Lenses, cornea and retina etc in parietal eye in juvenile Tuatara are interpreted as a vestigial remains of a fully functional eye (that is good for seeing) in some not too distant ancestors of living Tuatara species.

    Collecting light for pineal/parietal organ to be smaller? Sensitivity of endocrine organs is not a function of size. And hiding a light-sensitive organ inside the skull is madness – unless it is an evolutionary remaint.

  22. #22 John Harshman
    September 2, 2010

    (and I’ll admit here that I’ve never properly dissected a shark)

    What? Not even a dogfish? Around here, every undergrad course in comparative vertebrate anatomy does that.

  23. #23 Cameron
    September 2, 2010

    Re: Comment 20 (now readable, yay!), Forey’s History of Coelacanth Fishes (p. 216) explains that only the basal plates of the second dorsal fin and anal fin are typically preserved in fossilization – so presumably Latimeria isn’t a total freak.

  24. #24 Alan
    September 2, 2010

    Re:parietal eyes – the parietal opening on a bearded dragon (Pogona vitticeps) is quite obvious as it is surrounded by a ring of scales between the true eyes and shows as a dark spot. I believe I am correct that the Pogona parietal eye has an optic nerve and retina but no lens – can anyone confirm?

  25. #25 Andreas Johansson
    September 2, 2010

    @Cameron: I know I read a bit about it in some popular book or another. I want to say The Ancestor’s Tale but I’m not sure.

    @David Marjanović: So we’re all placoderms. Cool.

    Is there, incidentally, a name for the gnathostomatan total group?

  26. #26 darwinsdog
    September 2, 2010

    #15:

    I vaguely recall seeing projection slides of the skull of some fossil amphibian(?) which had paired parietal eye openings; four eyes total.

    You’re probably thinking of lampreys, which have two rudimentary ‘eyes,’ one derived from the pineal & the other from the parietal gland.

    #16:

    And the placodonts form a paraphyletic series of stem-gnathostomatans.

    An odd phylogenetic reconstruction, that.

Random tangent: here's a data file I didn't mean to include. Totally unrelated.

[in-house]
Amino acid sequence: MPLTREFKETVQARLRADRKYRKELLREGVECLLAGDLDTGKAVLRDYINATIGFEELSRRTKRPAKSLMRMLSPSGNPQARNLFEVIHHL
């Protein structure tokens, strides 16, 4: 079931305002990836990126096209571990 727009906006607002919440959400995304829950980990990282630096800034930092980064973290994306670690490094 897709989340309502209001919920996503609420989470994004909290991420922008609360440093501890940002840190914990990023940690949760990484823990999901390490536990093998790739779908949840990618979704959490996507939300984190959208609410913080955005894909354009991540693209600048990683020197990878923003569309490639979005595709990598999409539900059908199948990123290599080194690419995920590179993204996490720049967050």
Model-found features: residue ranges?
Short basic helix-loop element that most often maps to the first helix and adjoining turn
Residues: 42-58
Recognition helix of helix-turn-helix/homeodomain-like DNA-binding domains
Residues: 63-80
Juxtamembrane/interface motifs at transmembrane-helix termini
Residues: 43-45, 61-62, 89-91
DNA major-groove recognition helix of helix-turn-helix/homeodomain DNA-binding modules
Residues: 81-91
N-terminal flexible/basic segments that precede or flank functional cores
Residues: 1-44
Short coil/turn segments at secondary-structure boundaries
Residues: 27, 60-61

27. #27 Allen Hazen
    September 2, 2010

    Cameron (comments 20 & 23)– Thanks! I thought both the anal and second-dorsal fins were limb-like, but couldn’t remember for sure and chose a cautious wording. … But since it IS both, if they are somehow derived from the programing for limbs, Latimeria IS a vertebrate with three pairs of pair fins (Grin!).

    David (comment 16)– well, the Acanthodians HAVE often been DEEMED to be a sister group of the Osteichthyes (grin!). But thanks for the reminder about the Brazeau article: I remember seeing it and thinking it was exciting that the traditional Acanthodes might be paraphyletic with respect to BOTH Ost. and Chond.

    Ref: Martin D. Brazeau, “The braincase and jaws of a Devonian ‘acanthodian’ and modern gnathostome origins,” Nature, vol. 457 (2009), pp. 305-308

  28. #28 John Scanlon, FCD
    September 3, 2010

    Like many animals assumed to have a homodont dentition, Carcharodon is actually quite heterodont

    Typical mammalocentric terminology. Even if we save ‘hetero-‘ and ‘homo-‘ for fully discrete categories of tooth form (canines, molars etc. – which is almost orthogonal to actual shapes and functions), there are lots of other terms for describing diversity in shape and size along tooth rows.

    Re pineal eyes: I’m dubious whether Sphenodon would have had a recent three-eyed ancestor (named Blinky?); what is pretty clear from squamates is that the pineal eye and foramen are relatively large and obvious in hatchlings and more or less reduced in adults. Also big and obvious in Sphenodon and most iguanians (with generally similar body form etc), more than most other lizards. Maybe this is just the same pattern as the regular eyes, but it might mean the main function occurs during prenatal development. Not that it’s something I’ve looked into much: snakes seem to manage OK without any pineal foramen at all (though colubroids, nested deep within the snake clade, have a pair of tiny parietal foramina in a similar position; function unknown AFAIK). Given that it can be lost, why haven’t more lizards lost it?

  29. #29 David Marjanović
    September 3, 2010

    AAAAAAAAAAAARGH! Placodonts are crown-gnathostomes! :-D

    Parietal eye of Tuatara has a retina.

    Yes, and I explained why: because enough light-sensitive cells together are called “retina”.